Harish Jharia

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13 April 2011

Casting couch syndrome in showbiz, cinema and TV is eyewash

    A dance form discovered in Indian Film Industry

© Harish Jharia 

I was shocked to know about a 22 year girl who announced to strip in public as a tribute to the Indian cricket team if they win the ICC Cricket World Cup 2011. It was not only shocking; it was rather horrific on visualizing the abusive way the world was drifting at. As an instinctive reaction to all this muddled-up modern civic culture it struck in my mind, as to how far might be the casting couch syndrome was true. This masked up black blot on the film, television and showbiz world has apparently uncovered the fact that there is hardly any such exploitation in these industries. 

I had a similar feeling when I watched some of the reality shows based on modern dances, choreographed by armature choreographers and performed by struggling dancers. I found most of these dances indecent, erotic and packed with bare-all actions and gestures. Many dance numbers performed by male-female couples crossed all the limits of decency while displaying specific postures. Most of the times I used to change the channel as I could not tolerate the packages of arbitrary actions, postures and movements that were no way near to the field of the great art of Dancing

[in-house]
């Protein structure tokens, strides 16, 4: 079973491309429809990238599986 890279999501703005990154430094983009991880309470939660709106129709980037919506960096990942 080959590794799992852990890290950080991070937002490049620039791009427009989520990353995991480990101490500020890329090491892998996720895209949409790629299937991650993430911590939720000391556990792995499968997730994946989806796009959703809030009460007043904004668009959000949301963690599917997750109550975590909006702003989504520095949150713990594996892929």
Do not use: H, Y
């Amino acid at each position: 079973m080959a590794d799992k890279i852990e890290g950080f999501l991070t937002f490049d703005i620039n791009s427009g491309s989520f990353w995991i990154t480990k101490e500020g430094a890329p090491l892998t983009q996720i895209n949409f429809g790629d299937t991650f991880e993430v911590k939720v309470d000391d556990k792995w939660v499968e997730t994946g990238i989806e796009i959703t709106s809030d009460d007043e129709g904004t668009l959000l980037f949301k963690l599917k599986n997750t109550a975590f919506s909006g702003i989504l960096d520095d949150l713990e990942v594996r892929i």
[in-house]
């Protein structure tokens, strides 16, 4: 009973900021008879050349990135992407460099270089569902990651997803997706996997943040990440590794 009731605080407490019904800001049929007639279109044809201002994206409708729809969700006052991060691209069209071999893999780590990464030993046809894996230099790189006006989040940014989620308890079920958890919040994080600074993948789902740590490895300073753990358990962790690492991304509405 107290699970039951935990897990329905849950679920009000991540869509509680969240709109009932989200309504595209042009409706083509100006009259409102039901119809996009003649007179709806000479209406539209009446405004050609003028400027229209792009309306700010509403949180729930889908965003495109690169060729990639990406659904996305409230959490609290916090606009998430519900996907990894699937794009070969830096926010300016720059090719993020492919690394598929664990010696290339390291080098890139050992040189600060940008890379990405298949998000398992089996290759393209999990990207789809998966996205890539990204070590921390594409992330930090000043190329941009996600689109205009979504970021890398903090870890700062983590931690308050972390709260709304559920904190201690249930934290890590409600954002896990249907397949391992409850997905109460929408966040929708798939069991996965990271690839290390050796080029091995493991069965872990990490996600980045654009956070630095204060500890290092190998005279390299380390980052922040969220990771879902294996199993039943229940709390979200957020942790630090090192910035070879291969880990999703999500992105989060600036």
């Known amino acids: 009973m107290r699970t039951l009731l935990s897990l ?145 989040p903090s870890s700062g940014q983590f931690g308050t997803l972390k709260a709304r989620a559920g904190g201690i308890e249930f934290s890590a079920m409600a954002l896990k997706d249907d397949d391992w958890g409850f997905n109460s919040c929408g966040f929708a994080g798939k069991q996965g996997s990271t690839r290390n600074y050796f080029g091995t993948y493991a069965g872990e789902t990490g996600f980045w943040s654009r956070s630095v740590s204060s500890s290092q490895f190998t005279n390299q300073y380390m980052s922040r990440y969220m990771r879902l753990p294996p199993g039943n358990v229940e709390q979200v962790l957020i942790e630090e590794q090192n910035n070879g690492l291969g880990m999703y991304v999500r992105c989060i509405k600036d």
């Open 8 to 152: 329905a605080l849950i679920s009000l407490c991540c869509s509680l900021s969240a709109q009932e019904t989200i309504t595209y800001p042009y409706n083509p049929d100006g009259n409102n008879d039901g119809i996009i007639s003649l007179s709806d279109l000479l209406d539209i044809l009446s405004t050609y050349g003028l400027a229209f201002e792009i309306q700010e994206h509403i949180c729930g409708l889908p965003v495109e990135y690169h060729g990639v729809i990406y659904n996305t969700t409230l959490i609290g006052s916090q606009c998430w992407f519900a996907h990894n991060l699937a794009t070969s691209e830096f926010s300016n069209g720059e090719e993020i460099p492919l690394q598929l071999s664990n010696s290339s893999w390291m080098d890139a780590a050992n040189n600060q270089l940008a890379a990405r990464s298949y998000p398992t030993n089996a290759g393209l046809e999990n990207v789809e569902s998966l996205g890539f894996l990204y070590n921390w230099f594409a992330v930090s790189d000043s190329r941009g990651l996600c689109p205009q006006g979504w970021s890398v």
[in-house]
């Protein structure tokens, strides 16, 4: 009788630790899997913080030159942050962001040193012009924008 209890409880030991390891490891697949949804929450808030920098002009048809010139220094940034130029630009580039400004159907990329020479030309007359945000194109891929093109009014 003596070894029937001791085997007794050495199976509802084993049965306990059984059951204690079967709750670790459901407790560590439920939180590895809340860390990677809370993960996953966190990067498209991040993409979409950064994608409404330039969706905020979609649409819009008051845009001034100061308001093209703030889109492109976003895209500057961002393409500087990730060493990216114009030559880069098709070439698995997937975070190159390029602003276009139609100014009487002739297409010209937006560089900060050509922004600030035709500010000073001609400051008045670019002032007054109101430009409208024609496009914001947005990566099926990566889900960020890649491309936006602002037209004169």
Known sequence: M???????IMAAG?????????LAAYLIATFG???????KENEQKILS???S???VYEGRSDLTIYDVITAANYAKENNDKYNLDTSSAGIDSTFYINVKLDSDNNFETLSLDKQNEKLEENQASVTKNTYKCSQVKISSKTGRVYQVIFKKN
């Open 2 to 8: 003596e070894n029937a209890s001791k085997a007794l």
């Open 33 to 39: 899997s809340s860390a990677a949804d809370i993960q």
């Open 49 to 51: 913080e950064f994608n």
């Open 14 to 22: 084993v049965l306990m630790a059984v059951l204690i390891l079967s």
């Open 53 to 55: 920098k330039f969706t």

All the advertisements of deodorants shown on TV, with no exceptions, are unambiguously vulgar and are not suitable for family viewing. A mango drink has titled their advertisement as ‘aamsutra’ indicating towards the socially banned ancient literature ‘kamasutra’. I just wonder as to how top class film celebrities would agree for such meaningless and indecent shoots. 

A recently released advertisement of a talcum powder has crossed all the limits of decency. I wonder as to how this advertisement would up-surge the sales of this powder when the viewers would not at all watch it and switch off the channel showing this Ad. 

The showbiz has recently taken a U-turn towards crude and rustic audiovisual compositions. Most of the advertisements, films and TV serials are being made with rustic and crude culture. In addition they insert item numbers with similar dances, songs and lyrics.


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